Wednesday, April 13, 2016

Building the Bestiary #3: Giants

Minifigure scale is suitable for Small and Medium humanoids, but larger creatures such as giants require other solutions. But before I talk about how to acquire or build the models themselves, I want to discuss how to denote size categories when working with LEGO bricks.

Size Categories


If you play D&D or Pathfinder, creatures larger than Medium size take up more than one 5-foot square on the battle map. In most cases, you will want to put your model on an appropriately-sized base in order to clearly mark what space it occupies. A round base is often preferable to a square one, so that you can easily turn the model without any corners sticking out into other squares. (However, given the nature of LEGO bricks, squares and rectangles are much easier to find!)

Girallon (modified Yeti minifigure)
Studs are spaced three to an inch, so a Small or Medium creature takes up a 3x3-stud space, Large creatures 6x6, Huge 9x9, Gargantuan 12x12, and Colossal 18x18 (or more). You don't need to match those dimensions exactly; just make sure you don't exceed them, and that you center your model in its space on the map. I use 2x2 or 2x3 plates as bases for Small and Medium creatures, as both those sizes are plentiful and fit inside a 1" square. I prefer a 6x6 round plate or radar dish for Large creatures, but a 4x4 or 4x6 plate also serves well. I typically use 8x8 square plates (or four 4x4 quarter-circles) for Huge creatures, and 10x10 octagonal plates for Gargantuan ones. For a Colossal creature, you will need a 16x16 or larger base, which you can build out of smaller plates if necessary.

I find it useful to have a few extra Large and Huge bases handy during play so that I can place them under miniatures that don't already have a standard-sized base. For example, I own a number of plastic animal toys that I use for creatures of which I don't own LEGO versions, so I'll put the toy on top of a LEGO plate to show its proper size category. Also, if a creature changes size during an encounter, I can put its miniature on a different sized base to show that.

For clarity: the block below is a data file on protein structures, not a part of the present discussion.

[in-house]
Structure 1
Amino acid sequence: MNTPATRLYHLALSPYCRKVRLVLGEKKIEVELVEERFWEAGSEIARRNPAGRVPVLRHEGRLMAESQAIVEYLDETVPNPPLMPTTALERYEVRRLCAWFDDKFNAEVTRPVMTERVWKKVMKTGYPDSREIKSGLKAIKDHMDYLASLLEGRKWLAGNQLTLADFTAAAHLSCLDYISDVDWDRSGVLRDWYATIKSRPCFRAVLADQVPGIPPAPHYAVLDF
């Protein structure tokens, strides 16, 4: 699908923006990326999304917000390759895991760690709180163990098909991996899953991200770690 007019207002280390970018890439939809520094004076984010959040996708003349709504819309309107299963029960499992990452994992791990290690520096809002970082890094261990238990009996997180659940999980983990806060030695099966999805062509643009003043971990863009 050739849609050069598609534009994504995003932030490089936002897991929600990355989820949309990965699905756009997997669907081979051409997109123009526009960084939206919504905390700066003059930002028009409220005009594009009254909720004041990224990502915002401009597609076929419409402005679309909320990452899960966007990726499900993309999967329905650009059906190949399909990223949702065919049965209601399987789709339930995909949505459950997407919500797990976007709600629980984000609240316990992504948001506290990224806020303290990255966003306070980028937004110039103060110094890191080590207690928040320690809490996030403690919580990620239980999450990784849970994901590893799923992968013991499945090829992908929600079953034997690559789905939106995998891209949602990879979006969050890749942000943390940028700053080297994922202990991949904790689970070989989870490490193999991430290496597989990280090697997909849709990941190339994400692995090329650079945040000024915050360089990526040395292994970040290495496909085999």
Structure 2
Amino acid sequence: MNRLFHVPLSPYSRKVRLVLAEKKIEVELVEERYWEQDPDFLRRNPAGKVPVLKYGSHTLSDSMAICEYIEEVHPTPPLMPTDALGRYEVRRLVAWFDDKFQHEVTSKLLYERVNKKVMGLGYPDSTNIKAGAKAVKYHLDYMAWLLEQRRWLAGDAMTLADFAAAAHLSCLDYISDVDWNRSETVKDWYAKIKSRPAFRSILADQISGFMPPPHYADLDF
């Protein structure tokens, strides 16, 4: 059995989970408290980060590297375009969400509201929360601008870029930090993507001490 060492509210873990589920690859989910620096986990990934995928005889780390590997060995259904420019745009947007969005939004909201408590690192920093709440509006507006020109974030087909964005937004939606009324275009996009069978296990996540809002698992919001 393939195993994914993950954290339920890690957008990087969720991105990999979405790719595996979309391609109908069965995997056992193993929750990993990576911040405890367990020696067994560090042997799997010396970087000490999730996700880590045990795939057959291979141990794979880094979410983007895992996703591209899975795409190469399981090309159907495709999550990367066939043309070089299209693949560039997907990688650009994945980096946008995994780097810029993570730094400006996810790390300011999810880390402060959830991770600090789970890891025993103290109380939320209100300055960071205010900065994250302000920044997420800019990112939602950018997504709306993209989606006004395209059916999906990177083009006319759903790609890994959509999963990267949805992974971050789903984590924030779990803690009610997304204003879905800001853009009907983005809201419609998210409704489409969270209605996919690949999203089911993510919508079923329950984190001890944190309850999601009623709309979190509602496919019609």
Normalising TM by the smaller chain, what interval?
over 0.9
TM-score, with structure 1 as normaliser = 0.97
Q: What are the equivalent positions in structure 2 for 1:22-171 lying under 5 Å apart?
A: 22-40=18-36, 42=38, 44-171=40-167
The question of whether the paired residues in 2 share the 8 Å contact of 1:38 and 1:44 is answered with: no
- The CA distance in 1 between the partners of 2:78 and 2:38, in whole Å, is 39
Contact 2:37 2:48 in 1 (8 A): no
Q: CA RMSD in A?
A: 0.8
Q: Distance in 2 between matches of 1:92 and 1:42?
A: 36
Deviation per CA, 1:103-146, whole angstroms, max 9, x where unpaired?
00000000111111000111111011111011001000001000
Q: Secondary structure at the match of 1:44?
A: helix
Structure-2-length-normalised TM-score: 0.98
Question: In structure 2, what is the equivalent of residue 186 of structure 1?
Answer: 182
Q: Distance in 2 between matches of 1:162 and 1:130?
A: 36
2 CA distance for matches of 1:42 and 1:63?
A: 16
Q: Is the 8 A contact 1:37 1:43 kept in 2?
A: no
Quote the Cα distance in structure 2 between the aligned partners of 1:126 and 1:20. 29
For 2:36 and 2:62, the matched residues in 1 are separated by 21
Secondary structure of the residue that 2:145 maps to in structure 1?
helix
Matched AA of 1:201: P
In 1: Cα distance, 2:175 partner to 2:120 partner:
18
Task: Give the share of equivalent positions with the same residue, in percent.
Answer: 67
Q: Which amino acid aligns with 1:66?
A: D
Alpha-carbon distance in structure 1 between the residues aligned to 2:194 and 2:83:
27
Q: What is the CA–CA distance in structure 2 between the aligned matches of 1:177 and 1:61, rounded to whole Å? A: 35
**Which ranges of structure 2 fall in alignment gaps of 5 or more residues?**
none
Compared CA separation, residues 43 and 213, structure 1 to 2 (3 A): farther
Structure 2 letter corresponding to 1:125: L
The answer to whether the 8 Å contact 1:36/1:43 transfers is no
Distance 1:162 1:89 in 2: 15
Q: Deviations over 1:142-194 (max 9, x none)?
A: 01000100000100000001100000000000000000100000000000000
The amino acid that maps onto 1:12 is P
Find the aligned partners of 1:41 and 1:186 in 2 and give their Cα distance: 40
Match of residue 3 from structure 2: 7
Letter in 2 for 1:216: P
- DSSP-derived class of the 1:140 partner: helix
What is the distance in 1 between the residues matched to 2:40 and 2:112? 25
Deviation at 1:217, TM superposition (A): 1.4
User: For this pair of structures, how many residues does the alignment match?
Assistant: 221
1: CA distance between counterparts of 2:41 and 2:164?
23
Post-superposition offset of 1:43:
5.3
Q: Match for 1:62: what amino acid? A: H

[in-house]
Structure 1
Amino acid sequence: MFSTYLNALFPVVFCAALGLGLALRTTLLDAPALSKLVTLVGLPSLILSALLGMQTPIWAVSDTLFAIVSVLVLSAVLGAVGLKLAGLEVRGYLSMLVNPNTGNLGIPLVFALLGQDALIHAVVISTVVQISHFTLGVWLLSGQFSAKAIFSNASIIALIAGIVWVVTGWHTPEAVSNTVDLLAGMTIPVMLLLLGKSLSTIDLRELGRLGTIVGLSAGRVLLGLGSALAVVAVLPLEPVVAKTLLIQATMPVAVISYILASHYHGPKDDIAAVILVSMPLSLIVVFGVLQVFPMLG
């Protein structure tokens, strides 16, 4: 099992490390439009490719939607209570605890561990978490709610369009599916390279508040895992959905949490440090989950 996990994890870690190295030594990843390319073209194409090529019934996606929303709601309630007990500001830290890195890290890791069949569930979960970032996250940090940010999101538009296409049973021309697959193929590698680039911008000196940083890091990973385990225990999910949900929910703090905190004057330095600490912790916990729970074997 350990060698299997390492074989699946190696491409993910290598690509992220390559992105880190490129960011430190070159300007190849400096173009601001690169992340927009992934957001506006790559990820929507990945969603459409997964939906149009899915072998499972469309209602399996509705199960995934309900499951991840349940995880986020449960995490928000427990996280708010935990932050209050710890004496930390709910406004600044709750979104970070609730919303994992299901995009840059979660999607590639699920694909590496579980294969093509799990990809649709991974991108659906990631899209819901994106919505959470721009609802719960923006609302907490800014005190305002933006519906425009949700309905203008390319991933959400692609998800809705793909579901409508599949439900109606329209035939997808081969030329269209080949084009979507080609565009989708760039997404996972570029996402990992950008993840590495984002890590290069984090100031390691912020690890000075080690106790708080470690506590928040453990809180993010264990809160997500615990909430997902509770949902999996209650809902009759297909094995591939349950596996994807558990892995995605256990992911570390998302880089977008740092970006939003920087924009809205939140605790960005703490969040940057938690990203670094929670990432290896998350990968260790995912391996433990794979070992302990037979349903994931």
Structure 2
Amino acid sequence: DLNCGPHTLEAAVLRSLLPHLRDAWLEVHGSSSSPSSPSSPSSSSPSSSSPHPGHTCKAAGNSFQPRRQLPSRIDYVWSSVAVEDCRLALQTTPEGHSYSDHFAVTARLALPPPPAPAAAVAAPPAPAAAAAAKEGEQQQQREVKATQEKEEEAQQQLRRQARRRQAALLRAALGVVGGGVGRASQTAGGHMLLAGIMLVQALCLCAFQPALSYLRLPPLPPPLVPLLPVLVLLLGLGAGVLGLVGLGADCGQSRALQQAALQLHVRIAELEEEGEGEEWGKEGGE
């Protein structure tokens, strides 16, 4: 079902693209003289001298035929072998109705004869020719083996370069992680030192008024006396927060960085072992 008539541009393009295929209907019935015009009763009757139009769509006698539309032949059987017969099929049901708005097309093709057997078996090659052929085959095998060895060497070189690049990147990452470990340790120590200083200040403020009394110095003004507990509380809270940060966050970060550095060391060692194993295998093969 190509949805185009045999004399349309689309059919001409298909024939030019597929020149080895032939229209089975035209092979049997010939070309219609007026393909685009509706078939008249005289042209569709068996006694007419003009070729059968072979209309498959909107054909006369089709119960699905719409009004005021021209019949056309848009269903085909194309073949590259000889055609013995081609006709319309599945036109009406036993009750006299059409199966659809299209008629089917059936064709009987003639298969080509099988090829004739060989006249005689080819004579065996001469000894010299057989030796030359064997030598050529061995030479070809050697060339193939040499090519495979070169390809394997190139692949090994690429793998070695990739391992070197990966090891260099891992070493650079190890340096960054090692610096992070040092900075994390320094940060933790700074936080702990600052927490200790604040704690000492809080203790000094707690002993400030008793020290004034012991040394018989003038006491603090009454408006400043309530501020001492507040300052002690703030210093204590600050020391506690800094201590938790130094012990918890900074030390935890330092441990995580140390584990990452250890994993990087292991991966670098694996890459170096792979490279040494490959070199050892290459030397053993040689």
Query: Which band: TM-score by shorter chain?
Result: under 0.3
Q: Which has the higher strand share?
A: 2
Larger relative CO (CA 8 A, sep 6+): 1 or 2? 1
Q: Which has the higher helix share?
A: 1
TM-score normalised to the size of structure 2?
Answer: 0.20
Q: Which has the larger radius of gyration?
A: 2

Giant troll (Castle)

Big Figures


Over the years, a number of oversized characters have been produced for various LEGO themes. The more-or-less humanoid characters of this type include:

  • Adventurers: Jun-Chi (a lion-dog spirit), Tygurah (a tiger deity), Yeti.
  • Castle: Giant Troll.
  • Harry Potter: Hagrid (near minifigure scale), Troll.
  • Legends of Chima: Mungus (Mammoth Tribe).
  • The Lord of the Rings/The Hobbit: Cave Troll, Goblin King.
  • Ninjago: Dogshank (giant pirate).
  • Power Miners: Eruptor, Geolix, Tremorex (three rock monsters).
  • Rock Raiders: Rock Monster.
  • Star Wars: Rancor, Wampa.
  • Superheroes: Darkseid, Gorilla Grodd, Hulk, Green Goblin, Thanos. 
  • Teenage Mutant Ninja Turtles: Dogpound, Leatherhead.
Using one of these "Big Figures" gives you a well-defined large character, but they are usually only available as part of larger sets, and those sets tend to only be available through retail for a year or two at most. Many of these figures are available through websites such as Bricklink, where you can expect to pay anywhere from $5-$10 for a smaller, more common character, up to $35+ for a Rancor. Another drawback of these figures is that they have few parts for their size, and few free studs, so are hard to customize. Also, most of them are very specific licensed characters, which may be distracting if you want to use them to represent other monsters. For example, my pair of Harry Potter trolls see frequent use as ogres and giants, but my Hulk is a little too, well, Hulk-ish for that.